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Culture Creating Secrets

August 24, 2021

Last week I shared about our recent company retreat in Chicago.

We took the entire team to celebrate 10 years in business, complete with a boat ride on the Chicago River, a Cubs game at Wrigley Field, and of course some famous Chicago deep dish pizza.

After something as remarkable as this trip, I was asked by some fellow founders and business leaders why we spend so much energy (and money) focused on our culture at ADDO. It’s usually followed by a statement that goes something like this, “When you take your whole team to Chicago, it’s no wonder ADDO keeps landing on the ‘Best Places to Work List.’” However, it would be a mistake to believe it’s the extravagant elements that lead to high engagement.

Here’s an important piece of advice: Culture is created in the small moments and memorialized in the big ones.

What do I mean by that?

First, every leader should know that you can’t compensate for a crappy culture with grand gestures and big events. If day in and day out our people aren’t truly appreciated, challenged, and cared for, then we might as well save our time, effort, and resources.

Knowing that the small, consistent moments matter, it’s a leader’s job to create an atmosphere where people can be their best. It’s important to note: A leader can’t build a healthy workplace on their own, it must be supported and sustained by a collective group of committed individuals on the team.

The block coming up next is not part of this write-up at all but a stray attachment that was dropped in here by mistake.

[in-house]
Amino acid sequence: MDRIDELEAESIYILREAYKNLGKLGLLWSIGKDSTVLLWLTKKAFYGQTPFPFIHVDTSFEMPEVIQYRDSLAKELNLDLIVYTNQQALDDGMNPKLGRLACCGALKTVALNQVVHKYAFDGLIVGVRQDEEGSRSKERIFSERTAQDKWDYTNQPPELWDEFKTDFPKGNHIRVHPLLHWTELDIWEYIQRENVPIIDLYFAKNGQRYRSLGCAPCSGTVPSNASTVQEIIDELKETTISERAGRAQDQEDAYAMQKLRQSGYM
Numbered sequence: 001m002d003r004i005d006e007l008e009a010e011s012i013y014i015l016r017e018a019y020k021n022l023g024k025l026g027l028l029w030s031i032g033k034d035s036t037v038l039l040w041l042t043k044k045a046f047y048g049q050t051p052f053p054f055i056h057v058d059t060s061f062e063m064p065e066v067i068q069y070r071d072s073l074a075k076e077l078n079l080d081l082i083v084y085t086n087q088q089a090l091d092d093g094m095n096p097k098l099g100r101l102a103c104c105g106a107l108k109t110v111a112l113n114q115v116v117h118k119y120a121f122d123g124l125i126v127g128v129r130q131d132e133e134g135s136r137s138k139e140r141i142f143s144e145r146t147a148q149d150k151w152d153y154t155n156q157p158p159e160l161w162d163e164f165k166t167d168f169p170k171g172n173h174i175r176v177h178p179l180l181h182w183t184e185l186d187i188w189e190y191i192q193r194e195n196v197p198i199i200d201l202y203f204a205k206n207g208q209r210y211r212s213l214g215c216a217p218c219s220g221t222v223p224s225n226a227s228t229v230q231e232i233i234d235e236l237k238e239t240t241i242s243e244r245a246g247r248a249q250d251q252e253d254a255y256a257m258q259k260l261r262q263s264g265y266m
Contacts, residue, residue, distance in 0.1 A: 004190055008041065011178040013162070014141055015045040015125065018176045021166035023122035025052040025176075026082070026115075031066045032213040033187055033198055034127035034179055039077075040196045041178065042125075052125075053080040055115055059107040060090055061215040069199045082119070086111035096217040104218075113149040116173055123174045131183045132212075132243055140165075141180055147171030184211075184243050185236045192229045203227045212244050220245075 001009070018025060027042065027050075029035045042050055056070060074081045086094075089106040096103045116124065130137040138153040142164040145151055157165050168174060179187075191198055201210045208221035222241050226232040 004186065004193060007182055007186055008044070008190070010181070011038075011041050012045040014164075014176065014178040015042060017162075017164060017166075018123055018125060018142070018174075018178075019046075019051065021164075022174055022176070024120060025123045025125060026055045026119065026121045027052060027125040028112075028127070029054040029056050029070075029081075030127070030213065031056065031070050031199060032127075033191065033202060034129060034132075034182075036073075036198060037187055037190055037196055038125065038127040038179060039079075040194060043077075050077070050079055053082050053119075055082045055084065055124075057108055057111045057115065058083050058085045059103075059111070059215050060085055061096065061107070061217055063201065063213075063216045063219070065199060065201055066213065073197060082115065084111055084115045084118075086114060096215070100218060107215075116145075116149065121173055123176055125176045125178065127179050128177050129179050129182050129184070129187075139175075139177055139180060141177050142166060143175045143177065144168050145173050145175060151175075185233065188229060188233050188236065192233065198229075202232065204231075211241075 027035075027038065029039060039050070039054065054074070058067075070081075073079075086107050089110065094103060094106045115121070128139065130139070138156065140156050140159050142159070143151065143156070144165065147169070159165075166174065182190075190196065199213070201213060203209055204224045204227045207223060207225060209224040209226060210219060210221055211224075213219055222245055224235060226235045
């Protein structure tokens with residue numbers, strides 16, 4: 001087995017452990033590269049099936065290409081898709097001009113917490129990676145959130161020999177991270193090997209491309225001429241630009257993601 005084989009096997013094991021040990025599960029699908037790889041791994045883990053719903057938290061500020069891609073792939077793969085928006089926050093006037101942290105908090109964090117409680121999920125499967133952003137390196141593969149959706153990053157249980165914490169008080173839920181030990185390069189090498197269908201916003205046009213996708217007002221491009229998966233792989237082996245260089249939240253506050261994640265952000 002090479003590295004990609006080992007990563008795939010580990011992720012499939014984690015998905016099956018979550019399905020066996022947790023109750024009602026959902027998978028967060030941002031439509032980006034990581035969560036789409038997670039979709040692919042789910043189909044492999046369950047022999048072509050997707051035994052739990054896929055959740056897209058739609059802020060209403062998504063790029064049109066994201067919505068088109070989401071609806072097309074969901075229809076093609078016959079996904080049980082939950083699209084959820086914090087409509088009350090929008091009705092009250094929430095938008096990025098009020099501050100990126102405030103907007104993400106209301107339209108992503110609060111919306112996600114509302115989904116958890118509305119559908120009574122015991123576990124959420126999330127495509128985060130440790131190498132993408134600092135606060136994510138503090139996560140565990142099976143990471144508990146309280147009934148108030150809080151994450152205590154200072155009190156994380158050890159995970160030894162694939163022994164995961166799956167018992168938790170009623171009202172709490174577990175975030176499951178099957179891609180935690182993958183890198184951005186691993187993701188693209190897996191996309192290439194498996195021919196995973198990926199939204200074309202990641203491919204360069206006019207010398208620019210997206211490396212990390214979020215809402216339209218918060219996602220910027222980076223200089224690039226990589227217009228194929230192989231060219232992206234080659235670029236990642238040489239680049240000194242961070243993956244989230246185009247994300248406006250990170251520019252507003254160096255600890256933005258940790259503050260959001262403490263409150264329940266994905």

The environment for a great culture is created by leaders, but it’s cultivated by the team.

With all the above being said, it’s helpful to achieve milestones and celebrate seasons in a way that commemorate what you’ve accomplished.

It’s kind of like being a great parent or spouse; what matters most to your husband, wife, or children aren’t the big things, it’s consistently loving and being there for them. They need to you show up, to care, to tell them you love them. Those small acts matter most. However, when they look back and are asked to remember what stands out, they’ll probably recall key moments you experienced together. It doesn’t have to be grandiose; it could be as simple as going to get ice cream or going down slides together at the park.

You show care consistently in small ways and you help create etched memories in the moments.

This message matters for each of us that are responsible for a group of people, whether  a family, a small group or Sunday school class, a classroom, a sports team, or a business. A positive culture happens when you work daily to create an environment of consistent care and when you don’t miss making the memories that leave a lasting impression.


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